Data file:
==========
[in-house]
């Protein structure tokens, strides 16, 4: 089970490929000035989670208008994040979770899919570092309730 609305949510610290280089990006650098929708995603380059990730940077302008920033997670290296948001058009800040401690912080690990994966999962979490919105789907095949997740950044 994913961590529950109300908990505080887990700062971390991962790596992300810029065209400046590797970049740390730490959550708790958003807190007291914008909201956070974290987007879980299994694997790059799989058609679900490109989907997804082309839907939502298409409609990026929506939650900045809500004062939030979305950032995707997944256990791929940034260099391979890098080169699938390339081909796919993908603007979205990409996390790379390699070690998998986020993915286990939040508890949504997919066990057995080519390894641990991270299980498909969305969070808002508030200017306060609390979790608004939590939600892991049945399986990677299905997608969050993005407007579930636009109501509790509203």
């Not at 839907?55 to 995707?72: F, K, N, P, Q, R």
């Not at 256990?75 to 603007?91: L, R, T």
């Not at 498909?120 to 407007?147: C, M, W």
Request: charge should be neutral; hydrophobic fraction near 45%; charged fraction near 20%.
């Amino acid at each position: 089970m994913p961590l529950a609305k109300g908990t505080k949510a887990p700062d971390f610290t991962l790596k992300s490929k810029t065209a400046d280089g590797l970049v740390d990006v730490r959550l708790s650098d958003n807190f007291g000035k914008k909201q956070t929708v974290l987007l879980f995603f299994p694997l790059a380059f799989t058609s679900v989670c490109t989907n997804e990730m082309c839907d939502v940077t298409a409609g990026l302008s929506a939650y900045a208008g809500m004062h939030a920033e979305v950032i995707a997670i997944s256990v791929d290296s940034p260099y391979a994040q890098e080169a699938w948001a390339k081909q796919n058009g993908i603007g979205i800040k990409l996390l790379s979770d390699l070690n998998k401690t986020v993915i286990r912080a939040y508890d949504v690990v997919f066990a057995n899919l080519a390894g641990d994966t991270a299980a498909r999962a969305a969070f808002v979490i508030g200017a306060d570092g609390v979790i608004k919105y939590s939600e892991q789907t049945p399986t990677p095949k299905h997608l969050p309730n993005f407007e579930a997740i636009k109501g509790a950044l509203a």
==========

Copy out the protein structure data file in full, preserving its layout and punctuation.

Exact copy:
[in-house]
């Protein structure tokens, strides 16, 4: 089970490929000035989670208008994040979770899919570092309730 609305949510610290280089990006650098929708995603380059990730940077302008920033997670290296948001058009800040401690912080690990994966999962979490919105789907095949997740950044 994913961590529950109300908990505080887990700062971390991962790596992300810029065209400046590797970049740390730490959550708790958003807190007291914008909201956070974290987007879980299994694997790059799989058609679900490109989907997804082309839907939502298409409609990026929506939650900045809500004062939030979305950032995707997944256990791929940034260099391979890098080169699938390339081909796919993908603007979205990409996390790379390699070690998998986020993915286990939040508890949504997919066990057995080519390894641990991270299980498909969305969070808002508030200017306060609390979790608004939590939600892991049945399986990677299905997608969050993005407007579930636009109501509790509203």
């Not at 839907?55 to 995707?72: F, K, N, P, Q, R």
């Not at 256990?75 to 603007?91: L, R, T």
């Not at 498909?120 to 407007?147: C, M, W």
Request: charge should be neutral; hydrophobic fraction near 45%; charged fraction near 20%.
């Amino acid at each position: 089970m994913p961590l529950a609305k109300g908990t505080k949510a887990p700062d971390f610290t991962l790596k992300s490929k810029t065209a400046d280089g590797l970049v740390d990006v730490r959550l708790s650098d958003n807190f007291g000035k914008k909201q956070t929708v974290l987007l879980f995603f299994p694997l790059a380059f799989t058609s679900v989670c490109t989907n997804e990730m082309c839907d939502v940077t298409a409609g990026l302008s929506a939650y900045a208008g809500m004062h939030a920033e979305v950032i995707a997670i997944s256990v791929d290296s940034p260099y391979a994040q890098e080169a699938w948001a390339k081909q796919n058009g993908i603007g979205i800040k990409l996390l790379s979770d390699l070690n998998k401690t986020v993915i286990r912080a939040y508890d949504v690990v997919f066990a057995n899919l080519a390894g641990d994966t991270a299980a498909r999962a969305a969070f808002v979490i508030g200017a306060d570092g609390v979790i608004k919105y939590s939600e892991q789907t049945p399986t990677p095949k299905h997608l969050p309730n993005f407007e579930a997740i636009k109501g509790a950044l509203a």